ALBUM REVIEW: Homeshake “In the Shower”


If you like your shower with a side of jazz and Twilight Zone, Homeshake’s new album on Sinderlyn/Bad Actors may be your spirit animal. Homeshake is the side project of Peter Sagar, better known for playing guitar with Mac DeMarco. Following the Dragon Ball Z-inspired release, The Homeshake Tapes, In the Shower is similarly strange and eclectic, with smooth, sliding vocals and wonky instrumentation. The name fits, albeit at times a la Psycho, with creepy voiceovers and unsettlingly discordant refrains.

Working out of Montreal, originally from Edmonton, Sagar draws intense inspiration from his frosty homeland. The album was recorded this last winter at Montreal’s Drones Club with the help of close friend Mike Wright. The feel is cool, in both senses of the word, with subtly grooving basslines and funky, tremolo-soaked guitar riffs. Homeshake’s bread and butter is the music Sagar jams on with his friends, and even the band’s name was derived from their handshake back home.

“Chowder,” second on the album and the first to catch my ear, is an off-kilter love song steeped in extraterrestrial vocals and guitar that smacks of a Brazilian bossa nova. Strangely clever lyrics add charm: “Sitting there just staring at the trees / Jonesing for a little of that cream / We’ll lock the door behind tonight / And leave a light on for your eyes / She’s my chowder and I love her so much.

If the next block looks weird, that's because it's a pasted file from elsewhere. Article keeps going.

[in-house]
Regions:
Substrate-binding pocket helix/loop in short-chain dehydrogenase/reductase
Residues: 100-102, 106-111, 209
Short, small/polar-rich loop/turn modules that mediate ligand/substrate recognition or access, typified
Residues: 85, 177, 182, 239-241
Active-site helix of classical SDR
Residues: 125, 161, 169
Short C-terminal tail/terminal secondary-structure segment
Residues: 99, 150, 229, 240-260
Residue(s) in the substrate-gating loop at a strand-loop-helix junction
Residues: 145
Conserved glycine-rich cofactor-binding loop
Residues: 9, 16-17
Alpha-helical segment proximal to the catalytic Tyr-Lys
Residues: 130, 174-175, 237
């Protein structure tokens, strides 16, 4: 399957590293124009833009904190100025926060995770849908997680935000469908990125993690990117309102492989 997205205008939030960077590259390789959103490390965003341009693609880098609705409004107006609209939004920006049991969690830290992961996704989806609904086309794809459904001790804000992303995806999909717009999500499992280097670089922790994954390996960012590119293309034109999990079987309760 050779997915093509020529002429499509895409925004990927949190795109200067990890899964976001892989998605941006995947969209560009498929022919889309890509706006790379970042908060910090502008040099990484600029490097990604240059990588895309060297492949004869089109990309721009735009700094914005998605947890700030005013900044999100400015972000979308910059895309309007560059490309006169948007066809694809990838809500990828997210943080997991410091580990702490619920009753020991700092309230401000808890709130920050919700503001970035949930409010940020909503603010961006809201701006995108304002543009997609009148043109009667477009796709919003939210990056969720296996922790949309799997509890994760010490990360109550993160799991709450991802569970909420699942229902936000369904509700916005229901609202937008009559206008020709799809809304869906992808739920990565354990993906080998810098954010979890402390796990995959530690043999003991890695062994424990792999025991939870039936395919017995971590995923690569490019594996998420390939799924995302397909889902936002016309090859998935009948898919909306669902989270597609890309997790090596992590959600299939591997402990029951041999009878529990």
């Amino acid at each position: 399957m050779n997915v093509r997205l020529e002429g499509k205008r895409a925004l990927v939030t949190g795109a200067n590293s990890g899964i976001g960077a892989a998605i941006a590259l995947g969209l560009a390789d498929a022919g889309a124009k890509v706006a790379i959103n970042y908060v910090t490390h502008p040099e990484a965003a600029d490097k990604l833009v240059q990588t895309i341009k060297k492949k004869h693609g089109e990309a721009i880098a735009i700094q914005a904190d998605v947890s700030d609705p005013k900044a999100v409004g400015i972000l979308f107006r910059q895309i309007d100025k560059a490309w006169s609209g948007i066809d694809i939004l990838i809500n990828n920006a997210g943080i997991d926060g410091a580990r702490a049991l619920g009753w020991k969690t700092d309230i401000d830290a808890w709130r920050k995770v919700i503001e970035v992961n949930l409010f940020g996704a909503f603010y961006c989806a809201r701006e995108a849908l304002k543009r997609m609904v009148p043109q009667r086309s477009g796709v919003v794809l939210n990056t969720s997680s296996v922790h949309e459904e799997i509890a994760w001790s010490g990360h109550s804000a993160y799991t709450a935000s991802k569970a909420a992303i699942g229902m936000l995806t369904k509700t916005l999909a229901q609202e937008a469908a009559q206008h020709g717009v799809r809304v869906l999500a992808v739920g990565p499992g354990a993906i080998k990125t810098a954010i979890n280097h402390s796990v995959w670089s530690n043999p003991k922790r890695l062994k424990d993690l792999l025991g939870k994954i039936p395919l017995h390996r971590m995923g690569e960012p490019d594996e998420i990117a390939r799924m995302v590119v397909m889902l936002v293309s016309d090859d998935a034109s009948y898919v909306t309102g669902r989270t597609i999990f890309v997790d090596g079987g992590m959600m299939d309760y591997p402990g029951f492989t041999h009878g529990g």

“Making a Fool of You,” the standout at number four, is funky, melodic, and mellow. The catchy refrain is accentuated with warbling guitar and a stop and go rhythm that delivers an elastic groove. Sagar’s runny vocals lend themselves well to the sedate track.

“Michael” is next, adding an upbeat, instrumental interlude to the mix that quickly dissolves into “Cash is Money.” A steady ditty about taking a woman for all she’s worth, Sagar exercises his funny bone: “She can’t believe it but I don’t love you anymore / I just don’t feel it even though the cash flow keeps me warm.” “Slow,” at number eight, introduces a dreamy vibe with meandering complexity that is a stark contrast to the stripped sound of earlier tracks.

And then, there’s “The Shower Scene.” Set over a slow, jazzy jam and running water, the voiceover returns, tinkering between a pornographic Family Guy character and the masked omen of death in the Saw franchise. Not exactly what I want to hear in the deadliest room of the household, but hey, it’s cool if that’s your thing.

In the Shower is an altogether odd experience. Light humor and several delightfully funky melodies add substance, but the utterly unsettling gimmicks cheapen the concept. The album won’t leave you feeling clean, but if you let it wash over you, you’ll be sure to uncover a couple of gems.